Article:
NON-FLAT CALIBRATION COURSES
A question arose when a certificate for a calibration course with a drop of 15 m/km was received. Should such a cal course be certified or used?
The ideal calibration course is straight, flat, at least 300 m in length, and close to the course to be measured. In many cases this ideal is hard to achieve. There’s no wiggle room on the length nor on straightness, but how much elevation change is OK? This is not rigidly specified in our procedures. Should it be?
In the group validation measurement of the 1996 Olympic marathon course, the 480 m calibration course had a drop of 4.2 m/km, and had a hill in the middle which was 9 m higher than the low end of the course.
In the group validation of the 2003 Olympic Trials marathon in Birmingham, Alabama, the pre-measurement 300 meter calibration course had a large rise (or drop) of 39 m/km. The postcal was flat.
The above courses were chosen for their proximity to the start of the measurement. It would have been time-consuming and difficult to locate an ideal precal course that did not require mass transport of the bicycles.
In spite of the hills, calibration rides did not show much difference. In Birmingham the typical ride took about 3300 counts. Uphill counts were generally less than downhill, but not in all cases. Moreover, the difference between uphill and downhill was generally on the order of 2 to 4 counts.
My feeling on this is that this is not a problem requiring a solution. Could be that any cure would be worse than the disease.
As long as the cal course is ridden in alternating directions, the errors should cancel out. Perfectly? No. Good enough? I think so.
Also, any windy day will produce count differences depending on whether the measurer is riding upwind wind or downwind.
I agree that it should average out fairly well, although not perfectly.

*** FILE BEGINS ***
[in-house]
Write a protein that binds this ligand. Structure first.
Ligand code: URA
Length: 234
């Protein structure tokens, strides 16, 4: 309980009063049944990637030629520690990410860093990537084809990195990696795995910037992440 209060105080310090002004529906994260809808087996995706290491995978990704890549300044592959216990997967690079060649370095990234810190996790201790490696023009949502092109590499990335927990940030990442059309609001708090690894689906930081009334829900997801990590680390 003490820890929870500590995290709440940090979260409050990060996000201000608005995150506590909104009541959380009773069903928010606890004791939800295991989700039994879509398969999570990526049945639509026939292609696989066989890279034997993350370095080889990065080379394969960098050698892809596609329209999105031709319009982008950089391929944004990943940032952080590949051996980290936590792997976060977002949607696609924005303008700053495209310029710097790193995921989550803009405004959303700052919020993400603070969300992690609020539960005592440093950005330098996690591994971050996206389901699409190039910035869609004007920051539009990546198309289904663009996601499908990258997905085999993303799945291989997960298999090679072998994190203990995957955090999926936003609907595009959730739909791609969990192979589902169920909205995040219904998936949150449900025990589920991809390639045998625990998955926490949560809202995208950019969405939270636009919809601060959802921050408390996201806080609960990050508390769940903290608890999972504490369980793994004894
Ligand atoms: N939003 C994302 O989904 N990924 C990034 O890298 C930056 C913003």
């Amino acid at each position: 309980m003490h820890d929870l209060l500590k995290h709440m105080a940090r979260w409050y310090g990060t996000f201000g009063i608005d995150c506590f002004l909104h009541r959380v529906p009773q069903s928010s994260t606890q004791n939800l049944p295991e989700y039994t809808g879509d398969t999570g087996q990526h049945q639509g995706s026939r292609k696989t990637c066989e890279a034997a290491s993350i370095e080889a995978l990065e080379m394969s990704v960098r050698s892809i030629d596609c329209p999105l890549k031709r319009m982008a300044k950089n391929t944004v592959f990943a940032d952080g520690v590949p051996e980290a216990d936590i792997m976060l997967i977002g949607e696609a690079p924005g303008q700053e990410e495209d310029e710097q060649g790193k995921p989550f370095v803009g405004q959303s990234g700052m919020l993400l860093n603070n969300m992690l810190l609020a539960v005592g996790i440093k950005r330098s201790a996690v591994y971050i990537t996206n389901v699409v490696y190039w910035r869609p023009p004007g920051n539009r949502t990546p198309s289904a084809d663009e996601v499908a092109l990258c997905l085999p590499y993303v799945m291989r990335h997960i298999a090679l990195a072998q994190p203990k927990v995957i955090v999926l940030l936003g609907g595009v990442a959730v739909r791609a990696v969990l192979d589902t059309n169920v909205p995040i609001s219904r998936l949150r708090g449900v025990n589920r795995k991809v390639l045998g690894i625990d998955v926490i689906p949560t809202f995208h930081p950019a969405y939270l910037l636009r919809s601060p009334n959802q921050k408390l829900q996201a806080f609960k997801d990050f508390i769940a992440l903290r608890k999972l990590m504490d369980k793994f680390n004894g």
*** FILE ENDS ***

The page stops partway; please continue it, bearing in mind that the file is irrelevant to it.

I had an interesting experience recently when I was making an adjustment to the Vancouver Half Marathon course where a new road alignment had shortenend the route between mile 8 and mile 9 by 111 m. About half of the distance between mile 8 and mile 9 was uphill with a total elevation gain of about 30 m. I ended up measuring between mile 8 and mile 9 four times, because I got such a big difference between uphill and downhill. The differences between my uphill rides and my downhill rides were both 2.9m or 0.2%. My 2 uphill rides and my 2 downhill rides were both within 3 counts when comparing uphill to uphill and downhill to downhill. Of course I used the shorter of the two differences to adjust the course, but I wonder if it wouldn't have been more accurate to use the shorter of 2 averages; ie average the first uphill and first downhill and then average the second uphill and second downhill.
AIMS/IAAF "A" Measurer
While it seems intuitive that an uphill cal ride should show more counts, and a downhill ride fewer counts, than a flat cal ride, there is virtually no actual data (that I'm aware of) that supports that assumption.
It also seems intuitive, although somewhat less so, that averaging uphill and downhill rides should cancel out the error caused by each, but again, there is almost no data to support that.
2-4 counts in 3300 is similar in size to the SCPF.
For data, see:
I'm not sure whether it supports anything, but it's more than nothing.
I can see that the uphill and downhill rides would balance each other. How about a Cal course containing some up and down sections? Would you be able to tape it properly?
I feel that the Calibration course can be accepted if it's flat or has a constant increase/decrease in elevation. A rolling Calibration Course is a No!
One of my neophyte tapers mentioned something along that line when we were laying out a 300m course the other day. He noted that at some points along the course, the steel tape, when stretched, was not in full contact with the ground. I assured him that this would not affect the overall accuracy. Was I right?
Jim, when I read this thread initially, that's the only thing that occurred to me that would make it a bad course. If the elevation change is such that the tape is pulled off the ground when tension is applied, you're going to get an artificially long calibration course.
So that would be my litmus test--if the tape lifts off the ground, it's not usable.
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